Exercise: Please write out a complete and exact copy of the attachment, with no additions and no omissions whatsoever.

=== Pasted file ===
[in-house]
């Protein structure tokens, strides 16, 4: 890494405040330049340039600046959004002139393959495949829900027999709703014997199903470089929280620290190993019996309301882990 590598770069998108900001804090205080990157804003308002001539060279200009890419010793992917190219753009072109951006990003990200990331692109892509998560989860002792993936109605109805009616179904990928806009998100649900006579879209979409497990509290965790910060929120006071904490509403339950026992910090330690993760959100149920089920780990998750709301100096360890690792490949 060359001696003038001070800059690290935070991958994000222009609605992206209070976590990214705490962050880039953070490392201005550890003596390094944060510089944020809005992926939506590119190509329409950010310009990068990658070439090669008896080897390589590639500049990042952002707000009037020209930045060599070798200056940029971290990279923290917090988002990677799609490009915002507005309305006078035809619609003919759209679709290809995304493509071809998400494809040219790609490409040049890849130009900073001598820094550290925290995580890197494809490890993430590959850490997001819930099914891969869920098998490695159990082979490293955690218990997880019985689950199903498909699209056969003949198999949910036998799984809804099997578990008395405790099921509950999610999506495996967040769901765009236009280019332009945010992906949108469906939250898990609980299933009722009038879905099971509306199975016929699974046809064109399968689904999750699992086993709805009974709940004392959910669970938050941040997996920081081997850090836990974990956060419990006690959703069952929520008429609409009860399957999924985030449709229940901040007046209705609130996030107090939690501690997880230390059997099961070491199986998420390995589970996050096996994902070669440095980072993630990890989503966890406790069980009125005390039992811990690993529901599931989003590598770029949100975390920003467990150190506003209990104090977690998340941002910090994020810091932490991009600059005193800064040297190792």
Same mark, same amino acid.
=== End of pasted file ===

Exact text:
[in-house]
């Protein structure tokens, strides 16, 4: 890494405040330049340039600046959004002139393959495949829900027999709703014997199903470089929280620290190993019996309301882990 590598770069998108900001804090205080990157804003308002001539060279200009890419010793992917190219753009072109951006990003990200990331692109892509998560989860002792993936109605109805009616179904990928806009998100649900006579879209979409497990509290965790910060929120006071904490509403339950026992910090330690993760959100149920089920780990998750709301100096360890690792490949 060359001696003038001070800059690290935070991958994000222009609605992206209070976590990214705490962050880039953070490392201005550890003596390094944060510089944020809005992926939506590119190509329409950010310009990068990658070439090669008896080897390589590639500049990042952002707000009037020209930045060599070798200056940029971290990279923290917090988002990677799609490009915002507005309305006078035809619609003919759209679709290809995304493509071809998400494809040219790609490409040049890849130009900073001598820094550290925290995580890197494809490890993430590959850490997001819930099914891969869920098998490695159990082979490293955690218990997880019985689950199903498909699209056969003949198999949910036998799984809804099997578990008395405790099921509950999610999506495996967040769901765009236009280019332009945010992906949108469906939250898990609980299933009722009038879905099971509306199975016929699974046809064109399968689904999750699992086993709805009974709940004392959910669970938050941040997996920081081997850090836990974990956060419990006690959703069952929520008429609409009860399957999924985030449709229940901040007046209705609130996030107090939690501690997880230390059997099961070491199986998420390995589970996050096996994902070669440095980072993630990890989503966890406790069980009125005390039992811990690993529901599931989003590598770029949100975390920003467990150190506003209990104090977690998340941002910090994020810091932490991009600059005193800064040297190792």
Same mark, same amino acid.